President Joe Biden on Monday afternoon shared his "shock" and support after a deadly mass shooting at a July 4 parade in a Chicago suburb earlier that day -- the latest in an ever-longer string of mass shootings in America.
In his statement, Biden also noted the threat posed by the suspected gunman, who had not yet been taken into custody.
“Jill and I are shocked by the senseless gun violence that has yet again brought grief to an American community on this Independence Day. As always, we are grateful for the first responders and law enforcement on the scene. I have spoken to Governor Pritzker and Mayor Rotering, and have offered the full support of the Federal government to their communities," Biden said, referencing first lady Jill Biden and Illinois officials.
"I also surged Federal law enforcement to assist in the urgent search for the shooter, who remains at large at this time," the president said.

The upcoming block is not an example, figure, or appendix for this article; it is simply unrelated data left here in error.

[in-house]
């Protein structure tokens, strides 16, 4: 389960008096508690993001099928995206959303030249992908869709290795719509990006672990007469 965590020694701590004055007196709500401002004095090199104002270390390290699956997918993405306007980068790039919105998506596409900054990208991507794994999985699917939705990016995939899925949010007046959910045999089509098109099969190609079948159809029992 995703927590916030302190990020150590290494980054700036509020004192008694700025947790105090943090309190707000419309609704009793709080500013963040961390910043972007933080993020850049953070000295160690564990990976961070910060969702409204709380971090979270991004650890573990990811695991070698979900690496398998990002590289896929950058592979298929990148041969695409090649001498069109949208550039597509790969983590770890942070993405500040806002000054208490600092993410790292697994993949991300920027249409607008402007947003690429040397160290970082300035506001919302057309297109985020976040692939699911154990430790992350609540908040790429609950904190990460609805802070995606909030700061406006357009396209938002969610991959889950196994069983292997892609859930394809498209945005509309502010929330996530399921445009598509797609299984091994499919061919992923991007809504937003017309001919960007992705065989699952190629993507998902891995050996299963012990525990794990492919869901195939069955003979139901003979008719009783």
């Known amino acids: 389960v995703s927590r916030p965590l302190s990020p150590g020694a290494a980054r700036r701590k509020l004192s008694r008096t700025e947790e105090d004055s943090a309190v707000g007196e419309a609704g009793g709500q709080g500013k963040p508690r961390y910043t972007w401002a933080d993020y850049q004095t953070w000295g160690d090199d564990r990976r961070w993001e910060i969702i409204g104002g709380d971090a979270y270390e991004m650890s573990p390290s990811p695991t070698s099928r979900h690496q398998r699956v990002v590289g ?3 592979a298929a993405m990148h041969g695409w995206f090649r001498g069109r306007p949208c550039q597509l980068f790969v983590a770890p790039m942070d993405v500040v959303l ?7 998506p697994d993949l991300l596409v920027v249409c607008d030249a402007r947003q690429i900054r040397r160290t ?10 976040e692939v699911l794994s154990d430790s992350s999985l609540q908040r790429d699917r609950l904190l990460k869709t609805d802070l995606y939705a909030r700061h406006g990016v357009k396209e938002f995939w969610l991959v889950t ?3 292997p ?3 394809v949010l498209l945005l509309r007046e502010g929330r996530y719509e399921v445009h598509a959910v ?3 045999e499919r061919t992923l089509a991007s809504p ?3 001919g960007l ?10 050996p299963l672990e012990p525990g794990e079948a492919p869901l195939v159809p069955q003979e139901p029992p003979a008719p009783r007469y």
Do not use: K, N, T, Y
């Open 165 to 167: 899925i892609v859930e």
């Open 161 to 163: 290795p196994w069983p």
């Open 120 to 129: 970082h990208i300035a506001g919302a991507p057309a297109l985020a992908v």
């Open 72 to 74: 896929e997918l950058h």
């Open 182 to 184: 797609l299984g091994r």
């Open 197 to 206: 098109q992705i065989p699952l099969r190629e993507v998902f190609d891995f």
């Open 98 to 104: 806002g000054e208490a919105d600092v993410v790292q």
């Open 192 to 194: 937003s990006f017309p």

“Members of the community should follow guidance from leadership on the ground, and I will monitor closely as we learn more about those whose lives have been lost and pray for those who are in the hospital with grievous injuries,” he added.
In separate comments during a surprise visit to a Santa Monica, California, fire station, Vice President Kamala Harris said she and Biden "have been in close coordination and we are being briefed on what's happening right now in terms of the active shooter situation. We are sending federal resources to local law enforcement folks on the ground to make sure that we can help them in terms of the capture of the shooter and any investigation that will follow."